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'Beards, scarves, halal meat, terrorists, forced marriage’: television industries and the production of ‘race’

Saha, Anamik. 2012. 'Beards, scarves, halal meat, terrorists, forced marriage’: television industries and the production of ‘race’. Media, Culture & Society, 34(4), pp. 424-438. ISSN 0163-4437 [Article]

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Abstract or Description

This article considers the persistence of stereotypical representations of ‘race’ that appear in television in the West. According to a particular policy discourse, improving the on-screen representation of non-white groups is a matter of increasing the number of black and Asian folk working in the broadcasting industries – particularly at the senior management level. However, this article argues that the constant production of hegemonic images of ‘race’ cannot be tackled via recruitment measures alone. Adopting a ‘cultural industries’ approach to television production, the article uses an ethnographic study of British Asians working in the UK broadcasting industry to examine the conditions of production through which minority representations are created. By paying closer attention to the experience of cultural work, the article reveals how it is the increasingly commercialized cultures of production in television, constituted by the industry’s shift towards deregulation and neoliberal market models, that steers the work of Asian filmmakers and executives themselves into producing problematic, reductive representations of ‘race’.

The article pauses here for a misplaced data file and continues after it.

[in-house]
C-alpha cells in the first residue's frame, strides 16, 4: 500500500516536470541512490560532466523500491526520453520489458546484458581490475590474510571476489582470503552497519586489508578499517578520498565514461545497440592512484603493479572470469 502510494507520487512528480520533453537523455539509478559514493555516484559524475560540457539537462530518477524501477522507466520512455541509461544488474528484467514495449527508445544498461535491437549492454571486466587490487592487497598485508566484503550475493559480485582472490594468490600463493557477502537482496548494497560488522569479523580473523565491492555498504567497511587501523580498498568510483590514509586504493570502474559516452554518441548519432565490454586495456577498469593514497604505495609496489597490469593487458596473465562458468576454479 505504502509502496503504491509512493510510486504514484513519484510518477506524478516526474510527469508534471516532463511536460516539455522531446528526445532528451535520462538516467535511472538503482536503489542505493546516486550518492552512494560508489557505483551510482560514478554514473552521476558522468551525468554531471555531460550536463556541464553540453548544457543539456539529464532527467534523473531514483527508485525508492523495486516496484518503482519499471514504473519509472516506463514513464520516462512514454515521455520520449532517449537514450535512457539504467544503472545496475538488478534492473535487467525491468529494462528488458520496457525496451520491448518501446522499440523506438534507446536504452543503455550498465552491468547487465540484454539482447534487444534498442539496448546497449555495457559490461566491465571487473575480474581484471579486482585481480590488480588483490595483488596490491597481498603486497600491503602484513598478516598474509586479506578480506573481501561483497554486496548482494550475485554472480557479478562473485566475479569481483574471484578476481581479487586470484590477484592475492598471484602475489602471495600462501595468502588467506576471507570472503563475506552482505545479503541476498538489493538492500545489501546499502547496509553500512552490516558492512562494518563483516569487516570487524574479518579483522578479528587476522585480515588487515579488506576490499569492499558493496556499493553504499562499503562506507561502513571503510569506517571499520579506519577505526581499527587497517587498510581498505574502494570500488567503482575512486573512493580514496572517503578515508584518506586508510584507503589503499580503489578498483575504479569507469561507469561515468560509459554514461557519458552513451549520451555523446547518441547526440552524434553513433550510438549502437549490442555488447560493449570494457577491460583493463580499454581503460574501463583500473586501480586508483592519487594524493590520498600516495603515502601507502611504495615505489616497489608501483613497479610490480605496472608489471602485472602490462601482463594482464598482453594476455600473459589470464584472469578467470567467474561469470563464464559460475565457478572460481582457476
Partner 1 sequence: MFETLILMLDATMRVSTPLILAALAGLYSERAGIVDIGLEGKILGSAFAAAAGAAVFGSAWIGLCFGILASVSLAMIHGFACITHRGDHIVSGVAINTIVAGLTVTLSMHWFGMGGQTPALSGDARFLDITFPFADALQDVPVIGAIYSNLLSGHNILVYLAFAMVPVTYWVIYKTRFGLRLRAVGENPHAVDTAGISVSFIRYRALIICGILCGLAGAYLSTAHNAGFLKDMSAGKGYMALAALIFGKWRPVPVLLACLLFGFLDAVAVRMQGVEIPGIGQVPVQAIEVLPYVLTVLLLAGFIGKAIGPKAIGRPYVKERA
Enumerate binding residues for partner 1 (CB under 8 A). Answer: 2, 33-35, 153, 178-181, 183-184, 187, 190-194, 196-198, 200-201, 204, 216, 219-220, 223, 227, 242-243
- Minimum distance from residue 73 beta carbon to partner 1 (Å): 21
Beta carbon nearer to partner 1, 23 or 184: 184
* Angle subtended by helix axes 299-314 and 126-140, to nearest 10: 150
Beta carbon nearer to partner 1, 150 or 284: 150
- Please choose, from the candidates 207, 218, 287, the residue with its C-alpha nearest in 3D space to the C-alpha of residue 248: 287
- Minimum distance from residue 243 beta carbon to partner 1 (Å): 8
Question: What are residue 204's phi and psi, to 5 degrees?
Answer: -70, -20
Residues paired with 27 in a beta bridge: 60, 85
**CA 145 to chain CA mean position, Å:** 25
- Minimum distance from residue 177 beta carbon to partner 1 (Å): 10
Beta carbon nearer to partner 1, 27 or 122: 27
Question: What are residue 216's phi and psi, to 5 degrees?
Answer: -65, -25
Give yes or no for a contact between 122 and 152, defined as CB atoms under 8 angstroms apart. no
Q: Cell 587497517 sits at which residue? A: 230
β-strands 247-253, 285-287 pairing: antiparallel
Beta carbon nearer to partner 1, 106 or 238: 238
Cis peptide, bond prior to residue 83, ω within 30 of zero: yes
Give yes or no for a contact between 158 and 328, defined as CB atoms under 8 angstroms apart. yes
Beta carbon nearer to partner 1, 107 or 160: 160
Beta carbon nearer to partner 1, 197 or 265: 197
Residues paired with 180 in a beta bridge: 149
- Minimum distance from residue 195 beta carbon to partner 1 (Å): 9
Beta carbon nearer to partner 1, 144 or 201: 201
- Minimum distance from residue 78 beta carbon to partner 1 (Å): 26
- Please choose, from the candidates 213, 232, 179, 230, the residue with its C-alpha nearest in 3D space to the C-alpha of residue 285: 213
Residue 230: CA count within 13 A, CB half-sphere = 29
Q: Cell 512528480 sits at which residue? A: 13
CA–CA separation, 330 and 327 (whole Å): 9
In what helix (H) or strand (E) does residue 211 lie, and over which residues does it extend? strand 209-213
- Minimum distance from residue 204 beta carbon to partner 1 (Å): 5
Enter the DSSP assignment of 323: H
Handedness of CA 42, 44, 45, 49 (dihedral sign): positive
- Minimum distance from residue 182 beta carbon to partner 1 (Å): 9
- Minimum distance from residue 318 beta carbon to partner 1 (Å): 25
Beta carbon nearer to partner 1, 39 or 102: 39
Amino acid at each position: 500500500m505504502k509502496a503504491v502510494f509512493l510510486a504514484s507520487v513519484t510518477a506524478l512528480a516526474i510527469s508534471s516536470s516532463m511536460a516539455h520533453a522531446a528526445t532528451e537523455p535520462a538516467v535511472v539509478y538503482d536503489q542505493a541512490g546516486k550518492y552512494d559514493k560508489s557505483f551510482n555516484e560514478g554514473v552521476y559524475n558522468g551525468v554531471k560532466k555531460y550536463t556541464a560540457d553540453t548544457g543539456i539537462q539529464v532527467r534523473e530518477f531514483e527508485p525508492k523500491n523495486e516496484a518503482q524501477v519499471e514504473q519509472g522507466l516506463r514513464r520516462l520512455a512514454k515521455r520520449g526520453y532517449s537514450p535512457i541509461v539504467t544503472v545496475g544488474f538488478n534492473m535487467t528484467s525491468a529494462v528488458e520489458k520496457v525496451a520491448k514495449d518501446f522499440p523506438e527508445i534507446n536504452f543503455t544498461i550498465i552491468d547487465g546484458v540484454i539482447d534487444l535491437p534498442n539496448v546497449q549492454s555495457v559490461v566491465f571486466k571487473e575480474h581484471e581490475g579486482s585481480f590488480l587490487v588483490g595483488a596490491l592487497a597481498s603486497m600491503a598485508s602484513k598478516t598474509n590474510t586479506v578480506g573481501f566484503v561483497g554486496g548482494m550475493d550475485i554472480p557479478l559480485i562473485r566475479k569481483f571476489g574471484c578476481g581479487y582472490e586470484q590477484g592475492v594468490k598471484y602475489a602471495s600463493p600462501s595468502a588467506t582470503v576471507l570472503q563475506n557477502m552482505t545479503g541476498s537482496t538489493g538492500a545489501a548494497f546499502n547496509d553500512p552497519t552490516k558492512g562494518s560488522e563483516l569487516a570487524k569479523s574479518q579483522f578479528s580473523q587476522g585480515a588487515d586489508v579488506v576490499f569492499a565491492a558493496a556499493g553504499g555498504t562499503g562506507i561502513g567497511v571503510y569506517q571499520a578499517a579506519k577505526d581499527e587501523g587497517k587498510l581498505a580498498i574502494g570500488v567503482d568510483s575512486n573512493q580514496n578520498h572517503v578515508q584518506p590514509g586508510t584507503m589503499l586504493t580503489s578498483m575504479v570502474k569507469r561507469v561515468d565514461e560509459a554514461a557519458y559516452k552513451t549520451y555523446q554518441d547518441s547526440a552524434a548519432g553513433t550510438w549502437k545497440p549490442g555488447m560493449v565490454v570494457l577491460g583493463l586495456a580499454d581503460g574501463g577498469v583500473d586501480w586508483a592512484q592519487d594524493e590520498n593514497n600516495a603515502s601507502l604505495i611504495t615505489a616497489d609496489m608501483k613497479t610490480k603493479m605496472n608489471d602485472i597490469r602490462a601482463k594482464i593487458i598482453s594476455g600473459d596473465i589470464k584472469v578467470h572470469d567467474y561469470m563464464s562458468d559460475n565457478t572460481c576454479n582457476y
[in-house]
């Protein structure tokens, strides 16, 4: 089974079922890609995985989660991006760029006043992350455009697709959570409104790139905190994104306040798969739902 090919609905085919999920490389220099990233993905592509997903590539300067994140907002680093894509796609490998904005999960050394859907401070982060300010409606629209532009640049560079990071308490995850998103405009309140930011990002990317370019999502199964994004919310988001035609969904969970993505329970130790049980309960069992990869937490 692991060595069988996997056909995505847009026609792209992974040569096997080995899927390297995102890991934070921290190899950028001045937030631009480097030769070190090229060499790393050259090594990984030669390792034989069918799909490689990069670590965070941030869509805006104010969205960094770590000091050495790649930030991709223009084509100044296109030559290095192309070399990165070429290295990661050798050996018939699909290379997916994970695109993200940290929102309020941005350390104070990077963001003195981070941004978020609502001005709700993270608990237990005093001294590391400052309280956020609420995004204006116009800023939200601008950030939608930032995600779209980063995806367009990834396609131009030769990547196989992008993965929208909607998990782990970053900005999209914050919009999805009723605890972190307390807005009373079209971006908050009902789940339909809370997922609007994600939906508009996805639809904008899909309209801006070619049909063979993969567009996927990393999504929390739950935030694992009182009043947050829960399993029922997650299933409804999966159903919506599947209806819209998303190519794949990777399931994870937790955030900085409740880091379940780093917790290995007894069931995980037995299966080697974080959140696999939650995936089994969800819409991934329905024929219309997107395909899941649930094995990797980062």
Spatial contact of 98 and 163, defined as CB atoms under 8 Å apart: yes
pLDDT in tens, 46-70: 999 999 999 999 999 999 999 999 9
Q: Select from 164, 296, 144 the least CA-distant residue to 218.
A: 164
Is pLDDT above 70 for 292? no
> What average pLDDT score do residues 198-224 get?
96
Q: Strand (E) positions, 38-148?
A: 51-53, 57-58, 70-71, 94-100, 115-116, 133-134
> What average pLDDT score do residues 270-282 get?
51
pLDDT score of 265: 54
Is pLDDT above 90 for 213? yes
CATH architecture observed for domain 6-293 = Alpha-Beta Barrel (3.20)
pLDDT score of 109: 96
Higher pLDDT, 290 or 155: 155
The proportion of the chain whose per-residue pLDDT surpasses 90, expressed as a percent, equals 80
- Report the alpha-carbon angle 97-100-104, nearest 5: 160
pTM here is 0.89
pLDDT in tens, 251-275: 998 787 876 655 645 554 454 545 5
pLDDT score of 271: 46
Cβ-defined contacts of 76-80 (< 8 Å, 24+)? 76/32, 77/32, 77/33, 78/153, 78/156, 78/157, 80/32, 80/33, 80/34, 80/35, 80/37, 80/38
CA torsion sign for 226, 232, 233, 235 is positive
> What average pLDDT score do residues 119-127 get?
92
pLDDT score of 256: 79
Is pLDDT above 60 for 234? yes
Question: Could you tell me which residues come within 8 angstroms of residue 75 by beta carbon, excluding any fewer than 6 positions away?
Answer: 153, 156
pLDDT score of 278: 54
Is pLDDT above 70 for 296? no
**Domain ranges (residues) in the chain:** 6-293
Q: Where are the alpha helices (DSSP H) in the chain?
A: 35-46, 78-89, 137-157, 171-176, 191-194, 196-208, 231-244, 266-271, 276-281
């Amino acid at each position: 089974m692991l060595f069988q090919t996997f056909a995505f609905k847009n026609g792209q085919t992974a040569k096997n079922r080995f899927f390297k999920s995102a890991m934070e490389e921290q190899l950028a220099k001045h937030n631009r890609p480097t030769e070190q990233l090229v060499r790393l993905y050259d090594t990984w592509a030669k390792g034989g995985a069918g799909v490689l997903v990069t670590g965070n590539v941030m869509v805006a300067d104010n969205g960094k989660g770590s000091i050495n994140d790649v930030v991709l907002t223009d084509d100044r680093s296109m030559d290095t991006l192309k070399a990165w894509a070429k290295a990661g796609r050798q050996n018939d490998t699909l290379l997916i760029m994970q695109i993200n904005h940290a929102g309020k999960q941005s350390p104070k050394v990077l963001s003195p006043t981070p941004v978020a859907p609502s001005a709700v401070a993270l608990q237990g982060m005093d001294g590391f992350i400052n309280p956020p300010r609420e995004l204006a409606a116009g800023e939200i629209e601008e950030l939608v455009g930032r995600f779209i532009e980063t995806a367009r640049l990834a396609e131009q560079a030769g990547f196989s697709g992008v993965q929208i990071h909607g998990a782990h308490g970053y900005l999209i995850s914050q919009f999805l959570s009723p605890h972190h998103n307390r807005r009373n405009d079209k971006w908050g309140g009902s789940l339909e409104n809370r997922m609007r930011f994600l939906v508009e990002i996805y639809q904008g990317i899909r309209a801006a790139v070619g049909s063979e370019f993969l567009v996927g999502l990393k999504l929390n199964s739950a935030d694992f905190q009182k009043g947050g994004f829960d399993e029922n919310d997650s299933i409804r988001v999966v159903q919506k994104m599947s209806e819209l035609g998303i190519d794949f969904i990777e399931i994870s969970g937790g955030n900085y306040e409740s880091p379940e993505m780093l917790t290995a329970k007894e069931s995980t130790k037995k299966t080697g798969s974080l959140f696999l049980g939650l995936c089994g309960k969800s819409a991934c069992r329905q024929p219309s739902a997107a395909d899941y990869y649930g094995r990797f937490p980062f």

Item Type:

Article

Identification Number (DOI):

https://doi.org/10.1177/0163443711436356

Departments, Centres and Research Units:

Media and Communications

Dates:

DateEvent
2012Published

Item ID:

14740

Date Deposited:

10 Nov 2015 11:03

Last Modified:

27 Jun 2017 15:05

Peer Reviewed:

Yes, this version has been peer-reviewed.

URI:

http://research.gold.ac.uk/id/eprint/14740

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